I am trying to test my private network by running multiple nodes at one time. I am using a config file that lists the boot node as well as the same genesis file. The boot node is on a linux server, the peer node is on my Windows desktop.

With the boot node running, if I launch the peer node without mining, it syncs to the network just fine and continues importing blocks. However, once synced, if I stop the peer node, and restart it as a mining node, the peer is immediately out of sync with the boot node, and it does not attempt to sync. Both nodes are then mining the same block, or one gets out of sync, and the boot node usually starts throwing exceptions.

If I delete the database on the peer node, and then start is as a mining node from the beginning, it never attempts to sync to the boot node and just starts mining at block #1 as if it's the only node.

The issue seems to be related to the mining process, because that is what triggers the problems. I don't understand why adding a peer mining node is causing the node to not sync with other existing nodes. Both nodes use the same config and genesis file.

Config file:

#TOML config file for starting a node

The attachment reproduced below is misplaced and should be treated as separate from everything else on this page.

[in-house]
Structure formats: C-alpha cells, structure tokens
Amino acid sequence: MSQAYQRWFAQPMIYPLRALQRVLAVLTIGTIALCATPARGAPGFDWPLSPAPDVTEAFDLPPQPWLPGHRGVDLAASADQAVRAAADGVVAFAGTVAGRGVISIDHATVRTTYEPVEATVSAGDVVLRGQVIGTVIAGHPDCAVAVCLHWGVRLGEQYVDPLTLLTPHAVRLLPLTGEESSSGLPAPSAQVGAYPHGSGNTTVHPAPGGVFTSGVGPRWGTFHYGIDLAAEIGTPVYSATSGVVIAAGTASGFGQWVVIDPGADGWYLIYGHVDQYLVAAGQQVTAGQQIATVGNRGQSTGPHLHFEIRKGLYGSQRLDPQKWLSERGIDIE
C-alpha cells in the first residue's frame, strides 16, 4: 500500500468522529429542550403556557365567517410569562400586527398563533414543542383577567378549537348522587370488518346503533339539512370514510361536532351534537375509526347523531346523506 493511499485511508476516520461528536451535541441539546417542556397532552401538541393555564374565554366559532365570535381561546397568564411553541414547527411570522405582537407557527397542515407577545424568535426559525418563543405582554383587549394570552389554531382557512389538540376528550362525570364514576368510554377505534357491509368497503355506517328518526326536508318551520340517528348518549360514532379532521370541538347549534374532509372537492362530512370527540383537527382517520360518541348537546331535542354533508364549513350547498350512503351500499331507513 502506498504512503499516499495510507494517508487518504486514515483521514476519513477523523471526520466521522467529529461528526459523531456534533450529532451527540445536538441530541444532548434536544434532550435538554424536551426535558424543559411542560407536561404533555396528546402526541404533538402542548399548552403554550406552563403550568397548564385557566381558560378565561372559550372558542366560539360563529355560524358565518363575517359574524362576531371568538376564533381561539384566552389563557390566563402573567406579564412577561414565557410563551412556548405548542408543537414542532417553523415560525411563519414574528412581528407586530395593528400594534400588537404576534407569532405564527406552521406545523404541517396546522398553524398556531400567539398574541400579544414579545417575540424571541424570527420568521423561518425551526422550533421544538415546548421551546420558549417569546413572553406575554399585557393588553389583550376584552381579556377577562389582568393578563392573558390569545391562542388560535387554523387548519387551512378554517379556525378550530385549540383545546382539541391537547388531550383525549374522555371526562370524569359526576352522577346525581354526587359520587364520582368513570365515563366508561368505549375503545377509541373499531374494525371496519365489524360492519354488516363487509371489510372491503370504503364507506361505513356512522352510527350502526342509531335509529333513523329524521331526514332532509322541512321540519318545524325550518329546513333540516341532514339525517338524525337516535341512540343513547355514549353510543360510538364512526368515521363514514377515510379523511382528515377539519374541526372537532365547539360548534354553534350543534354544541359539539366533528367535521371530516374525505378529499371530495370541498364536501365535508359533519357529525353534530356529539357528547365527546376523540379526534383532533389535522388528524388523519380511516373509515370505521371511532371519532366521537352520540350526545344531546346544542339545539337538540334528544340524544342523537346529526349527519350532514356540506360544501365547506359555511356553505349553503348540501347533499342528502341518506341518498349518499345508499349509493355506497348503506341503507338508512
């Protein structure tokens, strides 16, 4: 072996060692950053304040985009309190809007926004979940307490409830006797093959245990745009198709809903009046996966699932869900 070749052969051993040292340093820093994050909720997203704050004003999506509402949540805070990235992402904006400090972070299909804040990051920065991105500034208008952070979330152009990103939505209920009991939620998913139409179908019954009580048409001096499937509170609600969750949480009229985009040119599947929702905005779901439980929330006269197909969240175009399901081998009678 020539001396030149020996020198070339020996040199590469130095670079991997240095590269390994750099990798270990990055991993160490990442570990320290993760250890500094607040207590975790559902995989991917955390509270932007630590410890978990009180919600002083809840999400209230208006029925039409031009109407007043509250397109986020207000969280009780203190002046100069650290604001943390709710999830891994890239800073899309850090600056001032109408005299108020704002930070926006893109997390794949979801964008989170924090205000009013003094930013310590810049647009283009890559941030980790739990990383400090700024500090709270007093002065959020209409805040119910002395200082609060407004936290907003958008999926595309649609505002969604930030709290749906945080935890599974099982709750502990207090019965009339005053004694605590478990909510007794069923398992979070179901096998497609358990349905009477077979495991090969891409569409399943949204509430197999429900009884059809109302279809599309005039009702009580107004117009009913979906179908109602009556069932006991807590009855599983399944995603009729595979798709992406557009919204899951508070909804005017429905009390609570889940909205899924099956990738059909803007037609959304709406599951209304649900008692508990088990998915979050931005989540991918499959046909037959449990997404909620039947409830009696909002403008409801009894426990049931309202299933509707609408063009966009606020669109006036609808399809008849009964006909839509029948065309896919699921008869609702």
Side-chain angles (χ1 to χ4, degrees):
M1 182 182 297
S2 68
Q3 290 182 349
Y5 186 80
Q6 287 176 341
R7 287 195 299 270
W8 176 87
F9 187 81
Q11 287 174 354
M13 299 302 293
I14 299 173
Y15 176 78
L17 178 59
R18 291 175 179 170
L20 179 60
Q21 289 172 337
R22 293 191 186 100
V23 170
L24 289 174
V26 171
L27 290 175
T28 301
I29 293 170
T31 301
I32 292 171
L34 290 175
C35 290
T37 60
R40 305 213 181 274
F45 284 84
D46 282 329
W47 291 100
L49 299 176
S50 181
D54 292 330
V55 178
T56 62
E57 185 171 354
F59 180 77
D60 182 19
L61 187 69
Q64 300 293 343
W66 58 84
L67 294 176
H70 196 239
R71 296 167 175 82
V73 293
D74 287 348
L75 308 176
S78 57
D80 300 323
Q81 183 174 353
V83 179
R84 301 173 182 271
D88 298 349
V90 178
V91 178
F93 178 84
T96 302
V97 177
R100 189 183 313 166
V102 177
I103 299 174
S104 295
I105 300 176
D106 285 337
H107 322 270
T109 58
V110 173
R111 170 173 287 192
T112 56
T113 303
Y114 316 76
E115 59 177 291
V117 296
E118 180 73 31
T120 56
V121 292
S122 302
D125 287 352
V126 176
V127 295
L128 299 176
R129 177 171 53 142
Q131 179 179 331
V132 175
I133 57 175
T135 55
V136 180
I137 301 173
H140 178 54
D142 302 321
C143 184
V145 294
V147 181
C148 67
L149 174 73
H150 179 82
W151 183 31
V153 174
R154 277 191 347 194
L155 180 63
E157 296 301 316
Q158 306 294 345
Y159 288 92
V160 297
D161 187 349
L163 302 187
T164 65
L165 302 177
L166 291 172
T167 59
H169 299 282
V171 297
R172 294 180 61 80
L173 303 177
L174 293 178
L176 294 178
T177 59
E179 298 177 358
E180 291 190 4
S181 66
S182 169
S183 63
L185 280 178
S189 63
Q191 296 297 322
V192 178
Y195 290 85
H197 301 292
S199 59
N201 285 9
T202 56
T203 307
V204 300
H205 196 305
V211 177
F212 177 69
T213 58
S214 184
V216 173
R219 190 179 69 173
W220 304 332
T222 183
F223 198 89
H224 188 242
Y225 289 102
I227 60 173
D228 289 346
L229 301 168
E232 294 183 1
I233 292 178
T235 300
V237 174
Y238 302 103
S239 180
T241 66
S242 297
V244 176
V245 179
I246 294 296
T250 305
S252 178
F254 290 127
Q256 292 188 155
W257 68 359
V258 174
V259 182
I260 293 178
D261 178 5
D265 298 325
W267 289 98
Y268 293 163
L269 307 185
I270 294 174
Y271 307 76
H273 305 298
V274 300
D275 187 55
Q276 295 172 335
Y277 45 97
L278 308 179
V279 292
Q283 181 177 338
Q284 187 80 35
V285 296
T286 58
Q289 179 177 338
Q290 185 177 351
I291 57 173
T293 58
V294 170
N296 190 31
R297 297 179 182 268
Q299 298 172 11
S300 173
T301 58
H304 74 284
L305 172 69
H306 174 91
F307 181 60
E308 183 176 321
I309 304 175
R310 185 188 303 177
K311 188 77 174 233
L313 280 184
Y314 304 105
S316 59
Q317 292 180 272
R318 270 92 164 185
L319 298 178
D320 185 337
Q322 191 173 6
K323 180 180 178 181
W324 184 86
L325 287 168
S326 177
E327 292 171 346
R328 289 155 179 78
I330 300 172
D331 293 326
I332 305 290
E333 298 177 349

#Other settings


  "config": {
      "ethash": {
        "fixeddifficulty": 1000
       "chainID": 2021
  "nonce": "0x0",
  "gasLimit": "0x1fffffffffffff",
  "difficulty": "0x10000"

1 Answer 1


The error was timestamp related. It turns out that the server the private blockchain is hosted on was not properly syncing to the NIST atomic clock, since it is behind a firewall and not 100% internet connected. The local Windows machine is synced to the NIST atomic clock, and thus the timestamps were off. The server was behind NIST by about 31 seconds at the time.

My colleague ran the same chain on two fully internet connected machines and there were no issues.

TL;dr; make sure all machines you're running the chain on are synced to the NIST atomic clock.

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